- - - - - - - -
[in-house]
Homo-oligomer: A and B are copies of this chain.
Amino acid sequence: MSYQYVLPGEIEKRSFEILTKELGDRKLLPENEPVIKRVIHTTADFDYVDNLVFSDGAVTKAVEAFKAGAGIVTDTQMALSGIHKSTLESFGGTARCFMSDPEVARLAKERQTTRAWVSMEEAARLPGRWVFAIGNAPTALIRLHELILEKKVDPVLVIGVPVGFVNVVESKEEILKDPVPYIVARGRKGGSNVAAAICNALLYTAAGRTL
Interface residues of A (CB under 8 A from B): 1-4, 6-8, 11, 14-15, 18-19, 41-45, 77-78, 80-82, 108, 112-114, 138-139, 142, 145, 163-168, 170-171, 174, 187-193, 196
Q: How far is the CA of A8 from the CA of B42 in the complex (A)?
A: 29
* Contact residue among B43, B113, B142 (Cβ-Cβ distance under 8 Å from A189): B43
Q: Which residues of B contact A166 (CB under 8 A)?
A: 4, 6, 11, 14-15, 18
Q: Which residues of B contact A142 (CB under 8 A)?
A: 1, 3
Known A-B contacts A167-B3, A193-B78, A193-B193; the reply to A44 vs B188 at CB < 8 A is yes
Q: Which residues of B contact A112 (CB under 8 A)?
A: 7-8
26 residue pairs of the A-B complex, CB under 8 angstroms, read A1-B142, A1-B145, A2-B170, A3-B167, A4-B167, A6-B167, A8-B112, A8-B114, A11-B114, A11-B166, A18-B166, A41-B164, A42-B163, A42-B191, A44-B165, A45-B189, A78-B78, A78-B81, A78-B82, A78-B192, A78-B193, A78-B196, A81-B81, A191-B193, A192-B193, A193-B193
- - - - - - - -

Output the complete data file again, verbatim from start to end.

[in-house]
Homo-oligomer: A and B are copies of this chain.
Amino acid sequence: MSYQYVLPGEIEKRSFEILTKELGDRKLLPENEPVIKRVIHTTADFDYVDNLVFSDGAVTKAVEAFKAGAGIVTDTQMALSGIHKSTLESFGGTARCFMSDPEVARLAKERQTTRAWVSMEEAARLPGRWVFAIGNAPTALIRLHELILEKKVDPVLVIGVPVGFVNVVESKEEILKDPVPYIVARGRKGGSNVAAAICNALLYTAAGRTL
Interface residues of A (CB under 8 A from B): 1-4, 6-8, 11, 14-15, 18-19, 41-45, 77-78, 80-82, 108, 112-114, 138-139, 142, 145, 163-168, 170-171, 174, 187-193, 196
Q: How far is the CA of A8 from the CA of B42 in the complex (A)?
A: 29
* Contact residue among B43, B113, B142 (Cβ-Cβ distance under 8 Å from A189): B43
Q: Which residues of B contact A166 (CB under 8 A)?
A: 4, 6, 11, 14-15, 18
Q: Which residues of B contact A142 (CB under 8 A)?
A: 1, 3
Known A-B contacts A167-B3, A193-B78, A193-B193; the reply to A44 vs B188 at CB < 8 A is yes
Q: Which residues of B contact A112 (CB under 8 A)?
A: 7-8
26 residue pairs of the A-B complex, CB under 8 angstroms, read A1-B142, A1-B145, A2-B170, A3-B167, A4-B167, A6-B167, A8-B112, A8-B114, A11-B114, A11-B166, A18-B166, A41-B164, A42-B163, A42-B191, A44-B165, A45-B189, A78-B78, A78-B81, A78-B82, A78-B192, A78-B193, A78-B196, A81-B81, A191-B193, A192-B193, A193-B193